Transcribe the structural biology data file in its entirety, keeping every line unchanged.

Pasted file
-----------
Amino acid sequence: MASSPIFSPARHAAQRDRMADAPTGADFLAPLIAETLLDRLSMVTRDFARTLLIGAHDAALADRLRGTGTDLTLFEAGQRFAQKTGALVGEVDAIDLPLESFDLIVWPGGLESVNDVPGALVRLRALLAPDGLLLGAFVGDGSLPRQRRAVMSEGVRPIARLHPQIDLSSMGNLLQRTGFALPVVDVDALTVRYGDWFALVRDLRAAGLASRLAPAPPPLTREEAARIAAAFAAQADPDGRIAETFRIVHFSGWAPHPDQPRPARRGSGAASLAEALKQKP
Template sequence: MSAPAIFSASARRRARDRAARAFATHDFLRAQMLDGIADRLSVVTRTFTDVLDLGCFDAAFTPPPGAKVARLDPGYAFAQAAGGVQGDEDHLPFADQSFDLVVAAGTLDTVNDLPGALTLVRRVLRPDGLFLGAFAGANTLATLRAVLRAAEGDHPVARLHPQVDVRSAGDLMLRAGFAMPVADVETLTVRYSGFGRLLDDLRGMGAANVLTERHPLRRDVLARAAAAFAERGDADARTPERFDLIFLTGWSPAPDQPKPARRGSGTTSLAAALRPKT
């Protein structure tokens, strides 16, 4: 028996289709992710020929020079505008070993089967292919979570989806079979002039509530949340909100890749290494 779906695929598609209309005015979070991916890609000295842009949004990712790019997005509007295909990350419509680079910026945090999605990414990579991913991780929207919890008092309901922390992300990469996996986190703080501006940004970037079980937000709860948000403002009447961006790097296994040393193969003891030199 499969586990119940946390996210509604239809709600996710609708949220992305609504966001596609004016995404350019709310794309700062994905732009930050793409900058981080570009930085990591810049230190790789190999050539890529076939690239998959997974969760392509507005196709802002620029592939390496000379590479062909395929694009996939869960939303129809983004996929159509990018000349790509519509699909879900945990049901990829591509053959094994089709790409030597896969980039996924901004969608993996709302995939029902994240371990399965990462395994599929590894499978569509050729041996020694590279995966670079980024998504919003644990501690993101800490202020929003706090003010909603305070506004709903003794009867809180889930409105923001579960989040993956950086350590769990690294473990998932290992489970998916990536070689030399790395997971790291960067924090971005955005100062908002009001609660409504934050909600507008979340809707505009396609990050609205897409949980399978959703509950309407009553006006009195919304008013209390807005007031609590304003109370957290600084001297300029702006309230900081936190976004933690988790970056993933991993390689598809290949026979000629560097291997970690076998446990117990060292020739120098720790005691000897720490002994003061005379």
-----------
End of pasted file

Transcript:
Amino acid sequence: MASSPIFSPARHAAQRDRMADAPTGADFLAPLIAETLLDRLSMVTRDFARTLLIGAHDAALADRLRGTGTDLTLFEAGQRFAQKTGALVGEVDAIDLPLESFDLIVWPGGLESVNDVPGALVRLRALLAPDGLLLGAFVGDGSLPRQRRAVMSEGVRPIARLHPQIDLSSMGNLLQRTGFALPVVDVDALTVRYGDWFALVRDLRAAGLASRLAPAPPPLTREEAARIAAAFAAQADPDGRIAETFRIVHFSGWAPHPDQPRPARRGSGAASLAEALKQKP
Template sequence: MSAPAIFSASARRRARDRAARAFATHDFLRAQMLDGIADRLSVVTRTFTDVLDLGCFDAAFTPPPGAKVARLDPGYAFAQAAGGVQGDEDHLPFADQSFDLVVAAGTLDTVNDLPGALTLVRRVLRPDGLFLGAFAGANTLATLRAVLRAAEGDHPVARLHPQVDVRSAGDLMLRAGFAMPVADVETLTVRYSGFGRLLDDLRGMGAANVLTERHPLRRDVLARAAAAFAERGDADARTPERFDLIFLTGWSPAPDQPKPARRGSGTTSLAAALRPKT
């Protein structure tokens, strides 16, 4: 028996289709992710020929020079505008070993089967292919979570989806079979002039509530949340909100890749290494 779906695929598609209309005015979070991916890609000295842009949004990712790019997005509007295909990350419509680079910026945090999605990414990579991913991780929207919890008092309901922390992300990469996996986190703080501006940004970037079980937000709860948000403002009447961006790097296994040393193969003891030199 499969586990119940946390996210509604239809709600996710609708949220992305609504966001596609004016995404350019709310794309700062994905732009930050793409900058981080570009930085990591810049230190790789190999050539890529076939690239998959997974969760392509507005196709802002620029592939390496000379590479062909395929694009996939869960939303129809983004996929159509990018000349790509519509699909879900945990049901990829591509053959094994089709790409030597896969980039996924901004969608993996709302995939029902994240371990399965990462395994599929590894499978569509050729041996020694590279995966670079980024998504919003644990501690993101800490202020929003706090003010909603305070506004709903003794009867809180889930409105923001579960989040993956950086350590769990690294473990998932290992489970998916990536070689030399790395997971790291960067924090971005955005100062908002009001609660409504934050909600507008979340809707505009396609990050609205897409949980399978959703509950309407009553006006009195919304008013209390807005007031609590304003109370957290600084001297300029702006309230900081936190976004933690988790970056993933991993390689598809290949026979000629560097291997970690076998446990117990060292020739120098720790005691000897720490002994003061005379």